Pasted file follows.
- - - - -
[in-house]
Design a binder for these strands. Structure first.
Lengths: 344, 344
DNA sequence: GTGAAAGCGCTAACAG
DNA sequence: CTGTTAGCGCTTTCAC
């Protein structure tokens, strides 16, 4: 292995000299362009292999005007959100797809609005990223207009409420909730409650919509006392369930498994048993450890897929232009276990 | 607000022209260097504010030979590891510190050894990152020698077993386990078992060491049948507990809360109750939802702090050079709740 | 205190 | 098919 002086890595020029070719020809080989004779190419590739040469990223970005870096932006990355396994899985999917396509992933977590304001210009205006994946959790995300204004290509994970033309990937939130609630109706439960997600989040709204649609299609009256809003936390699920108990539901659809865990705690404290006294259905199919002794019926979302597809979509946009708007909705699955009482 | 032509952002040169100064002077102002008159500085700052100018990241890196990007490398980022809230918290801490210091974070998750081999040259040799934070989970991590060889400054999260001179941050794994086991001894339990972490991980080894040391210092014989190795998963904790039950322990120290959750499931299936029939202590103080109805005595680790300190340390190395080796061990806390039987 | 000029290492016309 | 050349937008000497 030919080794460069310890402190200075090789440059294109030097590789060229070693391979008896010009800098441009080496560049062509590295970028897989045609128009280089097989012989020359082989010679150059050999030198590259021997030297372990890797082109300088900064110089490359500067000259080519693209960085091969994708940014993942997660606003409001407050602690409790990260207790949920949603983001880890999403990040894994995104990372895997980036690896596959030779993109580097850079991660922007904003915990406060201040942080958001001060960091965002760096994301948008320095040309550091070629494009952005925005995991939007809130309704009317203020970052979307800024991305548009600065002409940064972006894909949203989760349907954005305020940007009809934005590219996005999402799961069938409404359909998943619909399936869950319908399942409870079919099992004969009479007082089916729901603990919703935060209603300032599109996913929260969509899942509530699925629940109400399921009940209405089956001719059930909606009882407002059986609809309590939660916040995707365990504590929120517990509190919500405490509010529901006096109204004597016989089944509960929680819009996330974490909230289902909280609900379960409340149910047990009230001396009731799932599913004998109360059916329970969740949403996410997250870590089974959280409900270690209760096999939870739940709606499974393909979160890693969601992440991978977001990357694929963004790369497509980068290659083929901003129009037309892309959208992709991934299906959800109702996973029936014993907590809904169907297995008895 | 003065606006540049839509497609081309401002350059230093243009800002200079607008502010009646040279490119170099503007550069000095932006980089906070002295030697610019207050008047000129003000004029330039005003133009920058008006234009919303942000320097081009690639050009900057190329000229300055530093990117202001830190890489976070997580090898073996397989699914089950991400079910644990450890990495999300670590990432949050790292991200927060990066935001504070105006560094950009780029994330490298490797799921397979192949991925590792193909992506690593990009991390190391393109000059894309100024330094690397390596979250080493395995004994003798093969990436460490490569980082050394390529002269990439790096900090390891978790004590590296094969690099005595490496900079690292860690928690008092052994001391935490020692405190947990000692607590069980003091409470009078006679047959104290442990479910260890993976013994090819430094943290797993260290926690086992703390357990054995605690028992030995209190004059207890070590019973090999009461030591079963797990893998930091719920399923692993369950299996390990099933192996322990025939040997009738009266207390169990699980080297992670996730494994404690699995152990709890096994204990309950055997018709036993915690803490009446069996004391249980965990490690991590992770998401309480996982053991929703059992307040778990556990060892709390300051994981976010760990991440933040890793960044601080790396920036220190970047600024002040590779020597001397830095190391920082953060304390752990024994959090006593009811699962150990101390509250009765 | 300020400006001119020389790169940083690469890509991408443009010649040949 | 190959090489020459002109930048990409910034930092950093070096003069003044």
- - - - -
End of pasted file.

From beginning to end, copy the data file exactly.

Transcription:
[in-house]
Design a binder for these strands. Structure first.
Lengths: 344, 344
DNA sequence: GTGAAAGCGCTAACAG
DNA sequence: CTGTTAGCGCTTTCAC
């Protein structure tokens, strides 16, 4: 292995000299362009292999005007959100797809609005990223207009409420909730409650919509006392369930498994048993450890897929232009276990 | 607000022209260097504010030979590891510190050894990152020698077993386990078992060491049948507990809360109750939802702090050079709740 | 205190 | 098919 002086890595020029070719020809080989004779190419590739040469990223970005870096932006990355396994899985999917396509992933977590304001210009205006994946959790995300204004290509994970033309990937939130609630109706439960997600989040709204649609299609009256809003936390699920108990539901659809865990705690404290006294259905199919002794019926979302597809979509946009708007909705699955009482 | 032509952002040169100064002077102002008159500085700052100018990241890196990007490398980022809230918290801490210091974070998750081999040259040799934070989970991590060889400054999260001179941050794994086991001894339990972490991980080894040391210092014989190795998963904790039950322990120290959750499931299936029939202590103080109805005595680790300190340390190395080796061990806390039987 | 000029290492016309 | 050349937008000497 030919080794460069310890402190200075090789440059294109030097590789060229070693391979008896010009800098441009080496560049062509590295970028897989045609128009280089097989012989020359082989010679150059050999030198590259021997030297372990890797082109300088900064110089490359500067000259080519693209960085091969994708940014993942997660606003409001407050602690409790990260207790949920949603983001880890999403990040894994995104990372895997980036690896596959030779993109580097850079991660922007904003915990406060201040942080958001001060960091965002760096994301948008320095040309550091070629494009952005925005995991939007809130309704009317203020970052979307800024991305548009600065002409940064972006894909949203989760349907954005305020940007009809934005590219996005999402799961069938409404359909998943619909399936869950319908399942409870079919099992004969009479007082089916729901603990919703935060209603300032599109996913929260969509899942509530699925629940109400399921009940209405089956001719059930909606009882407002059986609809309590939660916040995707365990504590929120517990509190919500405490509010529901006096109204004597016989089944509960929680819009996330974490909230289902909280609900379960409340149910047990009230001396009731799932599913004998109360059916329970969740949403996410997250870590089974959280409900270690209760096999939870739940709606499974393909979160890693969601992440991978977001990357694929963004790369497509980068290659083929901003129009037309892309959208992709991934299906959800109702996973029936014993907590809904169907297995008895 | 003065606006540049839509497609081309401002350059230093243009800002200079607008502010009646040279490119170099503007550069000095932006980089906070002295030697610019207050008047000129003000004029330039005003133009920058008006234009919303942000320097081009690639050009900057190329000229300055530093990117202001830190890489976070997580090898073996397989699914089950991400079910644990450890990495999300670590990432949050790292991200927060990066935001504070105006560094950009780029994330490298490797799921397979192949991925590792193909992506690593990009991390190391393109000059894309100024330094690397390596979250080493395995004994003798093969990436460490490569980082050394390529002269990439790096900090390891978790004590590296094969690099005595490496900079690292860690928690008092052994001391935490020692405190947990000692607590069980003091409470009078006679047959104290442990479910260890993976013994090819430094943290797993260290926690086992703390357990054995605690028992030995209190004059207890070590019973090999009461030591079963797990893998930091719920399923692993369950299996390990099933192996322990025939040997009738009266207390169990699980080297992670996730494994404690699995152990709890096994204990309950055997018709036993915690803490009446069996004391249980965990490690991590992770998401309480996982053991929703059992307040778990556990060892709390300051994981976010760990991440933040890793960044601080790396920036220190970047600024002040590779020597001397830095190391920082953060304390752990024994959090006593009811699962150990101390509250009765 | 300020400006001119020389790169940083690469890509991408443009010649040949 | 190959090489020459002109930048990409910034930092950093070096003069003044």